Dang Dinh Bach : a splendid example of community solidarity and a sad tale of injustice waiting to be redressed in Vietnam
Dang Dinh Bach is the former director of the Law and Policy of Sustainable Development Research Center (LPSD), an institute he cofounded in 2007 to actively contribute to sustainable development in Vietnam. Based in Hanoi, LPSD worked closely with the government, researching and analyzing legal and policy issues. In 2011, Bach— who had gained relevant experience as part of the Mekong Legal Network— became LPSD director and proceeded to transform it into the first public interest legal organization in Vietnam. As such, LPSD assisted many vulnerable communities to understand and enforce their rights in the context of environmental harm caused by industrial and development projects. This could be done by taking advantage of the country’s relatively strong environmental laws, policies, and procedures. A strong focus for Bach and LPSD was the direct engagement of communities in their work.
Challenging conventional patterns of economic development and their scarce consideration of the impacts on local communities and the environment made the work of LPSD both necessary and highly demanding. In many countries, communities facing impacts on their health, livelihoods, housing, and local environment have limited power to influence government plans and ensure corporate accountability. Public interest legal approaches are one of the few avenues they can try. Bach did all he could to help, working with existing laws, and engaging constructively with all stakeholders to seek at least some political recognition of community rights.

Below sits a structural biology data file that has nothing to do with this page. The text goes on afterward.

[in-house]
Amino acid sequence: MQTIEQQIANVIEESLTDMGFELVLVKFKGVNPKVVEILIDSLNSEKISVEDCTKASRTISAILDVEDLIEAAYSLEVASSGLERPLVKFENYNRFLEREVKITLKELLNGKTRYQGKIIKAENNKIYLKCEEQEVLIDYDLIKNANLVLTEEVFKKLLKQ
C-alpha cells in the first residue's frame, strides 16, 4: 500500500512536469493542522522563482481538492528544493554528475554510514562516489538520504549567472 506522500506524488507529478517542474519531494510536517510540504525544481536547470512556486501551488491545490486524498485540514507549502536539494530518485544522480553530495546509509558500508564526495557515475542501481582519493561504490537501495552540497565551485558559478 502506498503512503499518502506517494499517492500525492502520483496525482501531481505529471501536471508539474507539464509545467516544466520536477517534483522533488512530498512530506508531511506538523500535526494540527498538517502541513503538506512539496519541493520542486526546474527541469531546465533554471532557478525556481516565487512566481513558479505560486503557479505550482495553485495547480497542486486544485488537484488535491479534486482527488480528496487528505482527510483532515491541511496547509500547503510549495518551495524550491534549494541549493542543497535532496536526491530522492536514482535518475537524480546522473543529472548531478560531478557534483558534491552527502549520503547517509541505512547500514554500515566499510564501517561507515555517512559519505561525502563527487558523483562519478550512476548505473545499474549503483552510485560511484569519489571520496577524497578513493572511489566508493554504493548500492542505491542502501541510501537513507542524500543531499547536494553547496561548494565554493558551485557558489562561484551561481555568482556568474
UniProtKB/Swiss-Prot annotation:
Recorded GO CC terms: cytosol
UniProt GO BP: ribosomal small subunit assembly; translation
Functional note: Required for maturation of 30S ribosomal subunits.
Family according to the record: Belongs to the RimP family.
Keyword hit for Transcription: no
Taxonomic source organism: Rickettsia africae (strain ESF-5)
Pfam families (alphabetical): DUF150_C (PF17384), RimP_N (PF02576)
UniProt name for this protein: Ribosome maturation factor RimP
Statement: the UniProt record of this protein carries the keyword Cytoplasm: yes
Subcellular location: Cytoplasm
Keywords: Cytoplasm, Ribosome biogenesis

It is a fact, however, that lack of legal awareness, corruption, and limited space for action by civil society do often combine to prevent the implementation of environmental protection legislation. Because of this, Bach’s work required a long and patient approach. Complex environmental and land-related cases often meant confronting powerful economic and political interests, and Bach set up to build the awareness and capacities of both the communities and his legal colleagues, while constructively engaging with many concerned others. LPSD helped communities to negotiate with business, government, and in courts. It promoted public interest legal tools, building relationships with various levels of government (especially young mid-level officials). And it developed a public interest lawyers’ network that focused on pollution related cases. Slowly but surely, communities started to find their voice and understand some avenues for asserting their rights.